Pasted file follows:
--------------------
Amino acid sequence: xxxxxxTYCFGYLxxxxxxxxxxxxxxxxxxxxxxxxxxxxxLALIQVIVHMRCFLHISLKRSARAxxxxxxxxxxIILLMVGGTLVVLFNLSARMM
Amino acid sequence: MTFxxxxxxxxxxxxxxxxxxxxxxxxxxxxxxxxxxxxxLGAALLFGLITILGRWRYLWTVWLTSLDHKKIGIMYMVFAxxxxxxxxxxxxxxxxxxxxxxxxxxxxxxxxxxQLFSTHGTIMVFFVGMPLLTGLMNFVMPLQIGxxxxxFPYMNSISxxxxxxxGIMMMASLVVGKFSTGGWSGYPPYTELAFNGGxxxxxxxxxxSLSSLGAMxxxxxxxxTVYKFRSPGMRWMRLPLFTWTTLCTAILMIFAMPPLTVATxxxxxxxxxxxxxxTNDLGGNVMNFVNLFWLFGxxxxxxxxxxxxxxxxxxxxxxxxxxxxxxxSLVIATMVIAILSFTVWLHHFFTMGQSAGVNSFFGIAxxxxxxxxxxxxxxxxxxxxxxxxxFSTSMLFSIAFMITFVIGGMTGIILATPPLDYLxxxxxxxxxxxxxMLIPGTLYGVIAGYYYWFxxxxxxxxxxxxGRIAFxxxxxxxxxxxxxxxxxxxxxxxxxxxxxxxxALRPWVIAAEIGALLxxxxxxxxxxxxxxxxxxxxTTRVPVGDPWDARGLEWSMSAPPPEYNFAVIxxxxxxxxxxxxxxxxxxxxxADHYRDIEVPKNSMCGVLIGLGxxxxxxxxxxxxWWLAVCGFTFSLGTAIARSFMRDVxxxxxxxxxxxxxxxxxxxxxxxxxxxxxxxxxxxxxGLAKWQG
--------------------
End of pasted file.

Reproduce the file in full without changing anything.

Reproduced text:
Amino acid sequence: xxxxxxTYCFGYLxxxxxxxxxxxxxxxxxxxxxxxxxxxxxLALIQVIVHMRCFLHISLKRSARAxxxxxxxxxxIILLMVGGTLVVLFNLSARMM
Amino acid sequence: MTFxxxxxxxxxxxxxxxxxxxxxxxxxxxxxxxxxxxxxLGAALLFGLITILGRWRYLWTVWLTSLDHKKIGIMYMVFAxxxxxxxxxxxxxxxxxxxxxxxxxxxxxxxxxxQLFSTHGTIMVFFVGMPLLTGLMNFVMPLQIGxxxxxFPYMNSISxxxxxxxGIMMMASLVVGKFSTGGWSGYPPYTELAFNGGxxxxxxxxxxSLSSLGAMxxxxxxxxTVYKFRSPGMRWMRLPLFTWTTLCTAILMIFAMPPLTVATxxxxxxxxxxxxxxTNDLGGNVMNFVNLFWLFGxxxxxxxxxxxxxxxxxxxxxxxxxxxxxxxSLVIATMVIAILSFTVWLHHFFTMGQSAGVNSFFGIAxxxxxxxxxxxxxxxxxxxxxxxxxFSTSMLFSIAFMITFVIGGMTGIILATPPLDYLxxxxxxxxxxxxxMLIPGTLYGVIAGYYYWFxxxxxxxxxxxxGRIAFxxxxxxxxxxxxxxxxxxxxxxxxxxxxxxxxALRPWVIAAEIGALLxxxxxxxxxxxxxxxxxxxxTTRVPVGDPWDARGLEWSMSAPPPEYNFAVIxxxxxxxxxxxxxxxxxxxxxADHYRDIEVPKNSMCGVLIGLGxxxxxxxxxxxxWWLAVCGFTFSLGTAIARSFMRDVxxxxxxxxxxxxxxxxxxxxxxxxxxxxxxxxxxxxxGLAKWQG